Top-ranked Champlin Park (28-0) faced that challenge without starting guard McKinley Wright head-on with an upstart Centennial Cougars boys basketball club on Tuesday night. Wright had an ankle injury in the Rebels’ 105-48 Class 4A Section 5 quarterfinal win over Cooper on Thursday, Feb. 26, and he still had inflammation this week according to Rebels coach Mark Tuchscherer.

Moreover, Rebels sophomore post Theo John drew three fouls in the first half as the Cougars found an edge with a 34-32 halftime lead. Centennial had leads of three points down the stretch of the first half led by Tyler Peterson, who scored most of his team-high 18 points in the first half.

Tables turned quickly in the second half though as Aaron Kloeppner ignited the Rebels with two three-pointers, giving the navy-and-silver a 43-36 lead. JT Gibson scored 18 points in the half, and the unbeaten Rebels ran away for an 81-65 win.

Gibson, a Division I Nebraska-Omaha recruit, finished with 26 points. He helped the Rebels outscore Centennial 49-31 for the second half.

Marty Hill had 18 points, and Jeremy Johnson added nine. Theo John chipped in nine points despite his foul trouble. Kloeppner finished with six – all on those two threes the swung the momentum Champlin’s way.

Next, the Rebels will get another upstart team in No. 3 seed Wayzata, which ousted No. 2 Maple Grove 77-62 in shocking fashion. The Rebels and Trojans tip off for the Section 5 championship on Friday at 7 p.m. in Rogers.

 

Contact Matthew Davis at matthew.davis@ecm-inc.com

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401(k) Vs. Roth IRA http://post.mnsun.com/2015/03/401k-vs-roth-ira/ http://post.mnsun.com/2015/03/401k-vs-roth-ira/#comments Tue, 03 Mar 2015 20:00:29 +0000 http://post.mnsun.com/?guid=3c6c80dd17d98c9ac82c4c687d5eb7b5 Most Gen-Yers don’t know what types of retirement accounts to start with. I break down the pros and cons of two most popular ones - 401(k) and the Roth individual retirement account - to help you decide which is right for you.

With the decline of company pensions and uncertainty about the future of Social Security, young adults’ retirement plans will look different than those of their parents and grandparents. Your own saving and investing options determine your financial security when you stop actively earning an income.

What is the right place to set aside and invest your money for retirement? Both the 401(k) and Roth IRA are useful, popular retirement vehicles. Each has its advantages and disadvantages.

A 401(k) is an employer-sponsored plan that allows savers to defer taxes to a later date. If your employer offers one, it works like this:

You sign up for it and choose your investments from the options available. Then, your employer redirects money from your paycheck to your 401(k) before paying federal income tax on the money. The money is tax-deferred, meaning it does not count as your taxable income for the year. For 2015, you can put up to $18,000 of pre-tax money into your 401(k).

Also, employers often match your contribution up to a certain percentage of your total salary. This percentage usually ranges from 3% to 6%, and the full match can vary. This is like getting free money from your employer. Contribute at least enough to secure that match.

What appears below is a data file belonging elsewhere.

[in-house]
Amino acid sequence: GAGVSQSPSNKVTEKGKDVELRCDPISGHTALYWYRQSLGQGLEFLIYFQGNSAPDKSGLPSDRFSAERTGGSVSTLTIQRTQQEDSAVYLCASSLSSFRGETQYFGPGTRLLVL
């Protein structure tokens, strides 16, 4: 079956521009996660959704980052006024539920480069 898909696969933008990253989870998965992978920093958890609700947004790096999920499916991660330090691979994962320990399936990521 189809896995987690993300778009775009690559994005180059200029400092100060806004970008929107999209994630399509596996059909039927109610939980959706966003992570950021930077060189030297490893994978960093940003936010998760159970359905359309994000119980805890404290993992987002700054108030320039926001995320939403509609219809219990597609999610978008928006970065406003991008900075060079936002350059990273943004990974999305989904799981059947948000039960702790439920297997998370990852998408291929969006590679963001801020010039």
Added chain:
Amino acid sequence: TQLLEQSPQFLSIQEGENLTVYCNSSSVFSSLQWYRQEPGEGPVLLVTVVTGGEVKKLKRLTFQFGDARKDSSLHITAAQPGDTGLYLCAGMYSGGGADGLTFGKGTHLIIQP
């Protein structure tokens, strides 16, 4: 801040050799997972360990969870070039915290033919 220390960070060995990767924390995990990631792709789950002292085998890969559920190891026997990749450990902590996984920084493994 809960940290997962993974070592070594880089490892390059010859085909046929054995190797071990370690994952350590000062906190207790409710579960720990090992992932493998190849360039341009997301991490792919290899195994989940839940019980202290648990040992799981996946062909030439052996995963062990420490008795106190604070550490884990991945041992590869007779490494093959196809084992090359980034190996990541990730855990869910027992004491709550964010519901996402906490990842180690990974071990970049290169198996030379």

Because you didn’t pay income tax when you contributed, you pay when you withdraw. If you take out the money permanently before you turn 59½, you pay a 10% penalty in addition to the income tax on the withdrawals.

A Roth IRA lets you withdraw funds at retirement age without any additional taxes, because unlike with the 402(k), you pay them upfront. Here’s how it work:

You set up a Roth IRA with an investment manager of your choice. You take your after-tax money from your bank account and deposit it in the plan on your own. Your employer has no connection with your IRA.

In 2015, you can contribute $5,500 to your Roth IRA. However, there are income limits. If you make more than $116,000 as an individual or $183,000 as a married couple, you can’t contribute as much – or at all.

Because you paid taxes on the contributions already, you can withdraw them without taxes or penalties at any time. This gives you flexibility if you’re in a cash crunch. When you reach 59½ (and you have the account for five years), you can withdraw all the money, including years of gains, tax-free.

A 401(k) is great if:

  • Your employer matches your savings.
  • You want to lower your taxable income now.
  • You make too much money to contribute to a Roth IRA.
  • You struggle to save without automatic payroll deductions.
  • Your retirement income will be less than your current income. If you think this is case, you pay less in taxes by deferring them until retirement.

A Roth IRA is for you if:

  • Your employer doesn’t offer a 401(k).
  • You want more investment options than your 401(k) provides.
  • You want your savings to grow tax-free.
  • You want more flexibility in accessing your own contributions.
  • Your retirement income will be more than your current income. If you believe that will happen, you pay less in taxes by paying them now rather than in retirement.

Both plans offer great tax advantages for saving for retirement. Evaluate your personal situation to determine which is the best for you. Better yet, save a bit in each to take advantage of both types of accounts.

Follow AdviceIQ on Twitter at @adviceiq.

Mary Beth Storjohann, CFP, is the founder of Workable Wealth, an RIA in San Diego. She is a writer, speaker and financial coach who is passionate about working with individuals and couples in their 20s and 30s to help them organize and gain confidence in their financial lives. She has been quoted or featured in various industry publications on the local and national level. You can find her on Twitter at @marybstorj.